Britain's Tesco called out for plant-based product ads

The ads made environmental claims about plant-based 'burger'
calendar icon 9 June 2022
clock icon 2 minute read

Britain's advertising regulator has banned six adverts for Tesco's plant-based products, saying the supermarket group's claims regarding their positive benefits to the planet had not been substantiated and were likely to mislead, reported Reuters

The Advertising Standards Authority (ASA) said on Wednesday it received 171 complaints over ads for Tesco's Plant Chef range that featured on television, video on demand, radio, newspapers, Twitter and Tesco's website during October and November last year.

The ads all featured claims which considered the environmental impacts of Tesco's plant-based products, such as its Plant Chef burger. Tesco, Britain's biggest retailer, said it believed the average consumer would understand that by making a swap to a plant-based product it could make a difference to the planet and in that specific way the Plant Chef product was “better” for the planet, or less detrimental to the environment, than its meat equivalents.

The ASA said that because the ads implied that switching to products in the Plant Chef range would positively affect the environment, it had expected to see evidence that that was the case based on the full life cycle of the Plant Chef burger in comparison with a meat burger.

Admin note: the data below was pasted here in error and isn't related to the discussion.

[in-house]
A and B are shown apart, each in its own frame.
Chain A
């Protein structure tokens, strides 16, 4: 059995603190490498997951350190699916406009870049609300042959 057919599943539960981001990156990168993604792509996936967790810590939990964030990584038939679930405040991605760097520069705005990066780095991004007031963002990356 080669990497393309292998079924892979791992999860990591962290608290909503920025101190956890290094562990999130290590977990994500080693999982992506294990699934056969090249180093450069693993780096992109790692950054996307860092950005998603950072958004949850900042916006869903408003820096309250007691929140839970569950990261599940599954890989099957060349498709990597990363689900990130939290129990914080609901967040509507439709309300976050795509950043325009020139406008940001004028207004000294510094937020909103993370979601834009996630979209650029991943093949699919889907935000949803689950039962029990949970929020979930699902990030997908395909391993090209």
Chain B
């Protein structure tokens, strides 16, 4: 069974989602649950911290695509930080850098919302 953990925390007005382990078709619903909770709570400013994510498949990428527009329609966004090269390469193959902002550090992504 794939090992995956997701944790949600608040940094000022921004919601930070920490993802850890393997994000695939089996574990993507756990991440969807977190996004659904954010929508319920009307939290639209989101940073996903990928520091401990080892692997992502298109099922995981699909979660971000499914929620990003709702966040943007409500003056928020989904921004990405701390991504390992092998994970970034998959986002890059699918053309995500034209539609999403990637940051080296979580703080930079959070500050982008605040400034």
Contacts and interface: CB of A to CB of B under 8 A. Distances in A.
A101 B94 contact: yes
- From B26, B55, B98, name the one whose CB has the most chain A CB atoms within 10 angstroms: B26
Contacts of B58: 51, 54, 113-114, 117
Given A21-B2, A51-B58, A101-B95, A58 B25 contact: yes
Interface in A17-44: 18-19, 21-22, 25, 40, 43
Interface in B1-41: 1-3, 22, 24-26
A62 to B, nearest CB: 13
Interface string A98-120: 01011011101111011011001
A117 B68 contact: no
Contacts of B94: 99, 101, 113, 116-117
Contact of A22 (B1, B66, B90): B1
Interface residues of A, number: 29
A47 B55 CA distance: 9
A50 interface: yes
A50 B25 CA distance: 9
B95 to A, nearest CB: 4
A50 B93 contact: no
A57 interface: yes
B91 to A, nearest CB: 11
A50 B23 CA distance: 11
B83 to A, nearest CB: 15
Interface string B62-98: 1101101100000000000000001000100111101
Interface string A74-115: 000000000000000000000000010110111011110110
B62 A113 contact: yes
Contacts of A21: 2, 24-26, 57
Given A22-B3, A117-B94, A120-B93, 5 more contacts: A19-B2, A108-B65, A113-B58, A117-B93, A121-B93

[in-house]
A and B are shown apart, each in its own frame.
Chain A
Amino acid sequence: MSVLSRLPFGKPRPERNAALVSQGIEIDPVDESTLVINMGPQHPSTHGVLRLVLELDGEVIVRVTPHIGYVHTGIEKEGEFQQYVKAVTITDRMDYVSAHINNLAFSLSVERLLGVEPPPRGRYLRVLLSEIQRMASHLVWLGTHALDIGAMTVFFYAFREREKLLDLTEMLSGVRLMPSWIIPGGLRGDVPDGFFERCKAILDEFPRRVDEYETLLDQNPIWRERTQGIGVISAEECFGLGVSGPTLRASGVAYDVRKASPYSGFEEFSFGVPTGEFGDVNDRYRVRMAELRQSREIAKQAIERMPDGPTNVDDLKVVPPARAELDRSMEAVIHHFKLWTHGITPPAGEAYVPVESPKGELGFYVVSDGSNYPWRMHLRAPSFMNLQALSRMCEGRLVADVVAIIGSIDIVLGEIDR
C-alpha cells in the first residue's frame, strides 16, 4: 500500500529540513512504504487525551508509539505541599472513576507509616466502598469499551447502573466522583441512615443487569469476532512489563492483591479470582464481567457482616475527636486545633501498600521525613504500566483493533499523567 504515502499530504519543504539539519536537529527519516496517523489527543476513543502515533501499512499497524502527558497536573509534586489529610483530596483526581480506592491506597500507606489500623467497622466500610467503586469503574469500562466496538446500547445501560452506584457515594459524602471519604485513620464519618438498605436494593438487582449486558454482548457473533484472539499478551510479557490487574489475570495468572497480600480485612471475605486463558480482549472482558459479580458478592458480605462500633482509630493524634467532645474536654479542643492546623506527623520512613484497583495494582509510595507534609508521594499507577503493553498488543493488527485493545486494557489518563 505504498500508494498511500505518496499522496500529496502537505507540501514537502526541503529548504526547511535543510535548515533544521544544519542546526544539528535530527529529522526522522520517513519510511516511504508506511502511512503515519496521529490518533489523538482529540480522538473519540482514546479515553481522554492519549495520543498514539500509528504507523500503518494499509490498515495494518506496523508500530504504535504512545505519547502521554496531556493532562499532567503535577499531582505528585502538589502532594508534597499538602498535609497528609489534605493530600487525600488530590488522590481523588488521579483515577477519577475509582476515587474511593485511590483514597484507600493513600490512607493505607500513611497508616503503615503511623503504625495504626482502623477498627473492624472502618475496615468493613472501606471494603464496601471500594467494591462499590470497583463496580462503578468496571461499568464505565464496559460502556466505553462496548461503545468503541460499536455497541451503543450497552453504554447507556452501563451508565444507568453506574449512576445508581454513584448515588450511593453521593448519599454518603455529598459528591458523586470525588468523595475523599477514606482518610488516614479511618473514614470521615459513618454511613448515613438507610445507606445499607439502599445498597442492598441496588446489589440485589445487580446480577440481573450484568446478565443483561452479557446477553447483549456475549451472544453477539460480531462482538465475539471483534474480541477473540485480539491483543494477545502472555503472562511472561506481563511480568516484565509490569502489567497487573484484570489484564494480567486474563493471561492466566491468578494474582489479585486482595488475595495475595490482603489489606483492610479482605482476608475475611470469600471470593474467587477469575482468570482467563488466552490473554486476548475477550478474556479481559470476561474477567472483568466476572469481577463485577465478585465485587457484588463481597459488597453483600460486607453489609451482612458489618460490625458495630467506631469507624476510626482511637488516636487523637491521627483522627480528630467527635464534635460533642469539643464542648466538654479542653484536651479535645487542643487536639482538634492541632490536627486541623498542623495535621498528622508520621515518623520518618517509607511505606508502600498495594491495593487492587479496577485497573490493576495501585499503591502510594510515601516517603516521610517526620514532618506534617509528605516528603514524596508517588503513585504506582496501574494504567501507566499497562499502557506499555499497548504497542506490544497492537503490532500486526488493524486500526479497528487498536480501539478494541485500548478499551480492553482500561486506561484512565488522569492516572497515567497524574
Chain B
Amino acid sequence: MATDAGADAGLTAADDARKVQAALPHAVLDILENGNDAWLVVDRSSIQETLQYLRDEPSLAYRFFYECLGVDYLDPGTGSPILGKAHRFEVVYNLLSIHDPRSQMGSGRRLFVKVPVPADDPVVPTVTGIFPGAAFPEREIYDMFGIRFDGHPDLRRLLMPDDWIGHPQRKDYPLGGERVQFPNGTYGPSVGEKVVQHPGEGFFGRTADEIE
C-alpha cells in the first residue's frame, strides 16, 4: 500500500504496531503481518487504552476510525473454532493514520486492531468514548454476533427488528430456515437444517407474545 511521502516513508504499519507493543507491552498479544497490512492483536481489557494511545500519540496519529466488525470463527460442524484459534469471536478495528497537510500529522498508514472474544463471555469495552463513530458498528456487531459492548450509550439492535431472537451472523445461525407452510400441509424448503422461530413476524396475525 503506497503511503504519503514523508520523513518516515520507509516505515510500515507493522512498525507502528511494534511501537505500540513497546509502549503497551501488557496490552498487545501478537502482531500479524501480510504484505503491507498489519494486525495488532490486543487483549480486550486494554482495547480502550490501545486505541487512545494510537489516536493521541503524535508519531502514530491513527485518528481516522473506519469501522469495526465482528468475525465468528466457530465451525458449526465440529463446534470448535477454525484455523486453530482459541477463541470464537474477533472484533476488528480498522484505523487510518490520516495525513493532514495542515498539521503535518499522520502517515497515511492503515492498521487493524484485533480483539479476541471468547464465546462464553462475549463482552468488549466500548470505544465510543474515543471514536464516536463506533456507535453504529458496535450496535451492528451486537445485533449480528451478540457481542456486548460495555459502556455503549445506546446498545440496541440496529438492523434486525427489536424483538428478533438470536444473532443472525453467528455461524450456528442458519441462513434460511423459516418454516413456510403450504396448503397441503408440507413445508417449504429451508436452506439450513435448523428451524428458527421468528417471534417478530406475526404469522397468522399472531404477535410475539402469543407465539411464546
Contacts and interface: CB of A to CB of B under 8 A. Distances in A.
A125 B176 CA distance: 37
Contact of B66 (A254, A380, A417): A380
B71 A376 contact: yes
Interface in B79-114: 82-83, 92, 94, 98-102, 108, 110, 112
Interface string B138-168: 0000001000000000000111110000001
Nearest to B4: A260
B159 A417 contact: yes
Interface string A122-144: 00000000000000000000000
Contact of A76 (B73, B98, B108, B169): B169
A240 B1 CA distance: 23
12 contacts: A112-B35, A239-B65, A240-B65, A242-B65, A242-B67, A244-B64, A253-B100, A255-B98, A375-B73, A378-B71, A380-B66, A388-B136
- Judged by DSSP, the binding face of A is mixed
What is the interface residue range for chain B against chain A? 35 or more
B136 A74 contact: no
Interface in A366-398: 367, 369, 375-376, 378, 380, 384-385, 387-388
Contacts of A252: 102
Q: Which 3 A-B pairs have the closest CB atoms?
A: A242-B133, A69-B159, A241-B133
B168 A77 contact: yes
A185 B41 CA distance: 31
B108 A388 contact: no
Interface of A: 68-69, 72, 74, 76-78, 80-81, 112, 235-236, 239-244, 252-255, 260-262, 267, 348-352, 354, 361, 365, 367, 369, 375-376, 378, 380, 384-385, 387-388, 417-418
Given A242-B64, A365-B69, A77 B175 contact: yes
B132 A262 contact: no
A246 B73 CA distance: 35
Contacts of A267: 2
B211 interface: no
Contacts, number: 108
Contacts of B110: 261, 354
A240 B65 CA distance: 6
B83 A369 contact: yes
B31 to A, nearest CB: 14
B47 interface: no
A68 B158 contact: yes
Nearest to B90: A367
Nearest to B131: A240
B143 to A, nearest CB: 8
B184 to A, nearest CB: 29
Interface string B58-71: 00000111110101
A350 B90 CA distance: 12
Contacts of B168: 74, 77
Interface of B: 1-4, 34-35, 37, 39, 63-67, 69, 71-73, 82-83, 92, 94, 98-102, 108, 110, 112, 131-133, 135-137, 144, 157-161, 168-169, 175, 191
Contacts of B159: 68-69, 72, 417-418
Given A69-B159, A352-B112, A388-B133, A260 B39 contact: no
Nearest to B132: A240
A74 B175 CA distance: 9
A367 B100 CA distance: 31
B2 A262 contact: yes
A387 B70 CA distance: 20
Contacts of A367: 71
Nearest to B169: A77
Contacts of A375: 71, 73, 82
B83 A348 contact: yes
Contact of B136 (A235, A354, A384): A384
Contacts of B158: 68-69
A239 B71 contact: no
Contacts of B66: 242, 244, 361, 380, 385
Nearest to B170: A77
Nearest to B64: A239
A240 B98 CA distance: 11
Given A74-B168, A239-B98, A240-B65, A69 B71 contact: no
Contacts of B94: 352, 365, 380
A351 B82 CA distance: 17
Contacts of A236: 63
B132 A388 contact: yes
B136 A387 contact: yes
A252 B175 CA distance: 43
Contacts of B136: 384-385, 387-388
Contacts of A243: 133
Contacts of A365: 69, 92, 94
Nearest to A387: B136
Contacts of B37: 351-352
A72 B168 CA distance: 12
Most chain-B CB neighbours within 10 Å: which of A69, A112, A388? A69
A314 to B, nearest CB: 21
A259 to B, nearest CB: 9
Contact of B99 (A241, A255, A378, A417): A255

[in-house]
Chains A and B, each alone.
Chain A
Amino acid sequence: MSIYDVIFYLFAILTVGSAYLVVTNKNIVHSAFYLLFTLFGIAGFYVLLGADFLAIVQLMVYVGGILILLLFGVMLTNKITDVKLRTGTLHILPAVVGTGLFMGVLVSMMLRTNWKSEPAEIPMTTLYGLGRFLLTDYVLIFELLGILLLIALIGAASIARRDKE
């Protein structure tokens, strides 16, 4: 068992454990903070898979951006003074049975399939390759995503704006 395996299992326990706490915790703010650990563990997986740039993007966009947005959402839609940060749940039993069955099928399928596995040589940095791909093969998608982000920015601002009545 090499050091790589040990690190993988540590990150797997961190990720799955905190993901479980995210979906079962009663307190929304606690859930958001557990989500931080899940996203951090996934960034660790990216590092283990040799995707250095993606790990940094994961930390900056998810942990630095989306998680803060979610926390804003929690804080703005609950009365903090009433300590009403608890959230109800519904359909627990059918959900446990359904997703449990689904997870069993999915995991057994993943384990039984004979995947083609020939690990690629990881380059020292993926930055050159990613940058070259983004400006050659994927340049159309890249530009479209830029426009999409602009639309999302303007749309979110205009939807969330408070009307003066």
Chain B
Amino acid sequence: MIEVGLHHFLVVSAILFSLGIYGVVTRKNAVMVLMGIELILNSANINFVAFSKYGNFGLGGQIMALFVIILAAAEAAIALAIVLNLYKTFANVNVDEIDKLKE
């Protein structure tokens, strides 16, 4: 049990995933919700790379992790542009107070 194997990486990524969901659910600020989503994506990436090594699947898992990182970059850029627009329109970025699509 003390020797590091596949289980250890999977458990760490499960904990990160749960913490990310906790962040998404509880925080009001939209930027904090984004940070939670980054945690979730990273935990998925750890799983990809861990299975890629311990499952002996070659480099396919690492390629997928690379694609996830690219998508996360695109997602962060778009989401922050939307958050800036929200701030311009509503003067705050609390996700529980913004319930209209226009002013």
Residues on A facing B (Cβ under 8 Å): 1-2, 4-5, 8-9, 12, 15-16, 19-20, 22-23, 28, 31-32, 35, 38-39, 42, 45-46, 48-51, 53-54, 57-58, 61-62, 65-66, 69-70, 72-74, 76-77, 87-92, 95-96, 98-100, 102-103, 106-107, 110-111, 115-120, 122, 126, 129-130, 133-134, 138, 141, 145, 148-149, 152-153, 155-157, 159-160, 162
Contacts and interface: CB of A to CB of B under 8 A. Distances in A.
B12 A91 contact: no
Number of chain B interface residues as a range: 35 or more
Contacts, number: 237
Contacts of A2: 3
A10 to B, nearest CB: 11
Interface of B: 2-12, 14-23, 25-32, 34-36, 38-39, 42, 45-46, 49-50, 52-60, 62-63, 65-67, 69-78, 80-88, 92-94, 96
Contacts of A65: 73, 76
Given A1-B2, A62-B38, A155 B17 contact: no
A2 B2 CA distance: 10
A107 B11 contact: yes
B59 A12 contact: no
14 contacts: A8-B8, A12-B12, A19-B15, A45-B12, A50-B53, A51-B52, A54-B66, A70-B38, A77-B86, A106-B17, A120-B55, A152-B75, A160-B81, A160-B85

"However, we understood that Tesco did not hold any evidence in relation to the full lifecycle of any of the products in the Plant Chef range, or of the burger featured in the ads," it said.

The ASA concluded that Tesco's claims regarding Plant Chef products' positive benefits to the planet had not been substantiated and were likely to mislead. It ruled the ads must not appear again in their current form.

The ruling was the second time in two months, Tesco has been rapped by the ASA.

In May it banned five adverts for Tesco's mobile phone business, saying its use of the words "shiitake" and "pistachio" alluded to expletives and was offensive.

Source: Reuters

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